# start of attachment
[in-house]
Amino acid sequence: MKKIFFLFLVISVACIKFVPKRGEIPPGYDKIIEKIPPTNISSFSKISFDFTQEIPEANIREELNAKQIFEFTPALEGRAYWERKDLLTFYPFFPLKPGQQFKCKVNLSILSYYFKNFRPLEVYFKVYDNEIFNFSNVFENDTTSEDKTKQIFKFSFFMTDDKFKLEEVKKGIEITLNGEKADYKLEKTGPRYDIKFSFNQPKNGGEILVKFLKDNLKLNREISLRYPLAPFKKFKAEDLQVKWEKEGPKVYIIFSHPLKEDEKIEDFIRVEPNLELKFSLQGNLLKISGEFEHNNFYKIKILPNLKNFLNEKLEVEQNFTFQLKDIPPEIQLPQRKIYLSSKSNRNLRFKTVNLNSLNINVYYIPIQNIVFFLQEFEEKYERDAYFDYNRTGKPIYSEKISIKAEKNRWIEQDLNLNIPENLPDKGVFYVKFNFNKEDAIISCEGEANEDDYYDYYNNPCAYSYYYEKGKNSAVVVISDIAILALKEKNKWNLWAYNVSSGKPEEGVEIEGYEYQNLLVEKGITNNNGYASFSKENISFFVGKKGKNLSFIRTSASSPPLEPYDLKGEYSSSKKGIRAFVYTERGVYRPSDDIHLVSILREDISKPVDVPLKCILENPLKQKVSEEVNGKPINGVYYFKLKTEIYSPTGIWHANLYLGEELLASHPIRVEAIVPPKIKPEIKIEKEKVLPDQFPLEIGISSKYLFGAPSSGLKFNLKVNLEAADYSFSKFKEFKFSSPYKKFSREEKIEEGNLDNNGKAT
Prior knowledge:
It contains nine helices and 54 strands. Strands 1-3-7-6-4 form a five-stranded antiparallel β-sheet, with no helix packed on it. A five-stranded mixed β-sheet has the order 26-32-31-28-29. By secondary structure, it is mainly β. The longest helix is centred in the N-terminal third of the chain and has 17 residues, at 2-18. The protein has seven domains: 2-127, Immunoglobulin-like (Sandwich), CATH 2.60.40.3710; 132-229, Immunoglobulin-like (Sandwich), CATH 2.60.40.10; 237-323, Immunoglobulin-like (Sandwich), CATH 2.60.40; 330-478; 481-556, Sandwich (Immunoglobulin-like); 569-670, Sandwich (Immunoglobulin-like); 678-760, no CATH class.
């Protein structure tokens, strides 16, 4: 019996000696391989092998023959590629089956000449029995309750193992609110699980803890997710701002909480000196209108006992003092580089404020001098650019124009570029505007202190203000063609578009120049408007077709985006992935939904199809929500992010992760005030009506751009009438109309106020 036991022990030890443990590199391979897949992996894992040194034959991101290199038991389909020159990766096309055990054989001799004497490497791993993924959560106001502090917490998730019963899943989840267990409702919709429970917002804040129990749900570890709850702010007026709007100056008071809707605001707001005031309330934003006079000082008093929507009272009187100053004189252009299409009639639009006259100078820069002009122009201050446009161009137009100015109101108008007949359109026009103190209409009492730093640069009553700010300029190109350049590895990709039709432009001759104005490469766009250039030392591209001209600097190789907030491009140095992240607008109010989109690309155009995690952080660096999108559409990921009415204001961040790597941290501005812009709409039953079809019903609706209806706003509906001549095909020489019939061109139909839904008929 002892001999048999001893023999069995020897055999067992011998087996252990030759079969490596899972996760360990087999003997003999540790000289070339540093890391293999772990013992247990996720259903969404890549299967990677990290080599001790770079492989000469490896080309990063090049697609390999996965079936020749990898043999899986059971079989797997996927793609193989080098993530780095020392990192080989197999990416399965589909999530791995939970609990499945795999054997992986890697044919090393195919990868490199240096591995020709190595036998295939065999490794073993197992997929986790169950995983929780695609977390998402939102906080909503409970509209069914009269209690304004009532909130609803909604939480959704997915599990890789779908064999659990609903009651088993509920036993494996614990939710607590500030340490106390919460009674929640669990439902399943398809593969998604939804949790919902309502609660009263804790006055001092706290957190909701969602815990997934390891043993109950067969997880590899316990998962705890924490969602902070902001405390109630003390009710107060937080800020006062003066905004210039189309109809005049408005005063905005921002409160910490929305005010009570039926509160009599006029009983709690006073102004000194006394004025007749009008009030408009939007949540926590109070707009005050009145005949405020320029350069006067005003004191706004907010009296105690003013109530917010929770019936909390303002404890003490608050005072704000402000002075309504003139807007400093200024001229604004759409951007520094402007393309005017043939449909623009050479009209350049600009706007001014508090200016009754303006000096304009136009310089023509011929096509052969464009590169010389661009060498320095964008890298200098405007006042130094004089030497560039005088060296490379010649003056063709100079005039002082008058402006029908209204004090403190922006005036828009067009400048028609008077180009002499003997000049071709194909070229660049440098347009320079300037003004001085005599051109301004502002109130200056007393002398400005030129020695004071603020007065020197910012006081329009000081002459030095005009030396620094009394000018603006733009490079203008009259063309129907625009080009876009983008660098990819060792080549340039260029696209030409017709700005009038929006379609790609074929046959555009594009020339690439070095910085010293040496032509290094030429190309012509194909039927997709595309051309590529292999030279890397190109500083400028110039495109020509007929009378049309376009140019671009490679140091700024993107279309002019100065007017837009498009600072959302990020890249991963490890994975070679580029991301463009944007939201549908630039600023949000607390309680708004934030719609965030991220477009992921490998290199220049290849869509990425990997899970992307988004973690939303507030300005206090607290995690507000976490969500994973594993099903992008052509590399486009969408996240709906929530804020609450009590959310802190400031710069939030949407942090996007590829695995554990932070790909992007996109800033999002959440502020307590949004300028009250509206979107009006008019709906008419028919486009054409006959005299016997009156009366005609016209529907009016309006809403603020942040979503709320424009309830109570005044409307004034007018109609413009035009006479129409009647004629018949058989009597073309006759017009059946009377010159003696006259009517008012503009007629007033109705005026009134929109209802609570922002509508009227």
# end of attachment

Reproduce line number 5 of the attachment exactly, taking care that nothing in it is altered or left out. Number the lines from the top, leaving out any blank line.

């Protein structure tokens, strides 16, 4: 019996000696391989092998023959590629089956000449029995309750193992609110699980803890997710701002909480000196209108006992003092580089404020001098650019124009570029505007202190203000063609578009120049408007077709985006992935939904199809929500992010992760005030009506751009009438109309106020 036991022990030890443990590199391979897949992996894992040194034959991101290199038991389909020159990766096309055990054989001799004497490497791993993924959560106001502090917490998730019963899943989840267990409702919709429970917002804040129990749900570890709850702010007026709007100056008071809707605001707001005031309330934003006079000082008093929507009272009187100053004189252009299409009639639009006259100078820069002009122009201050446009161009137009100015109101108008007949359109026009103190209409009492730093640069009553700010300029190109350049590895990709039709432009001759104005490469766009250039030392591209001209600097190789907030491009140095992240607008109010989109690309155009995690952080660096999108559409990921009415204001961040790597941290501005812009709409039953079809019903609706209806706003509906001549095909020489019939061109139909839904008929 002892001999048999001893023999069995020897055999067992011998087996252990030759079969490596899972996760360990087999003997003999540790000289070339540093890391293999772990013992247990996720259903969404890549299967990677990290080599001790770079492989000469490896080309990063090049697609390999996965079936020749990898043999899986059971079989797997996927793609193989080098993530780095020392990192080989197999990416399965589909999530791995939970609990499945795999054997992986890697044919090393195919990868490199240096591995020709190595036998295939065999490794073993197992997929986790169950995983929780695609977390998402939102906080909503409970509209069914009269209690304004009532909130609803909604939480959704997915599990890789779908064999659990609903009651088993509920036993494996614990939710607590500030340490106390919460009674929640669990439902399943398809593969998604939804949790919902309502609660009263804790006055001092706290957190909701969602815990997934390891043993109950067969997880590899316990998962705890924490969602902070902001405390109630003390009710107060937080800020006062003066905004210039189309109809005049408005005063905005921002409160910490929305005010009570039926509160009599006029009983709690006073102004000194006394004025007749009008009030408009939007949540926590109070707009005050009145005949405020320029350069006067005003004191706004907010009296105690003013109530917010929770019936909390303002404890003490608050005072704000402000002075309504003139807007400093200024001229604004759409951007520094402007393309005017043939449909623009050479009209350049600009706007001014508090200016009754303006000096304009136009310089023509011929096509052969464009590169010389661009060498320095964008890298200098405007006042130094004089030497560039005088060296490379010649003056063709100079005039002082008058402006029908209204004090403190922006005036828009067009400048028609008077180009002499003997000049071709194909070229660049440098347009320079300037003004001085005599051109301004502002109130200056007393002398400005030129020695004071603020007065020197910012006081329009000081002459030095005009030396620094009394000018603006733009490079203008009259063309129907625009080009876009983008660098990819060792080549340039260029696209030409017709700005009038929006379609790609074929046959555009594009020339690439070095910085010293040496032509290094030429190309012509194909039927997709595309051309590529292999030279890397190109500083400028110039495109020509007929009378049309376009140019671009490679140091700024993107279309002019100065007017837009498009600072959302990020890249991963490890994975070679580029991301463009944007939201549908630039600023949000607390309680708004934030719609965030991220477009992921490998290199220049290849869509990425990997899970992307988004973690939303507030300005206090607290995690507000976490969500994973594993099903992008052509590399486009969408996240709906929530804020609450009590959310802190400031710069939030949407942090996007590829695995554990932070790909992007996109800033999002959440502020307590949004300028009250509206979107009006008019709906008419028919486009054409006959005299016997009156009366005609016209529907009016309006809403603020942040979503709320424009309830109570005044409307004034007018109609413009035009006479129409009647004629018949058989009597073309006759017009059946009377010159003696006259009517008012503009007629007033109705005026009134929109209802609570922002509508009227």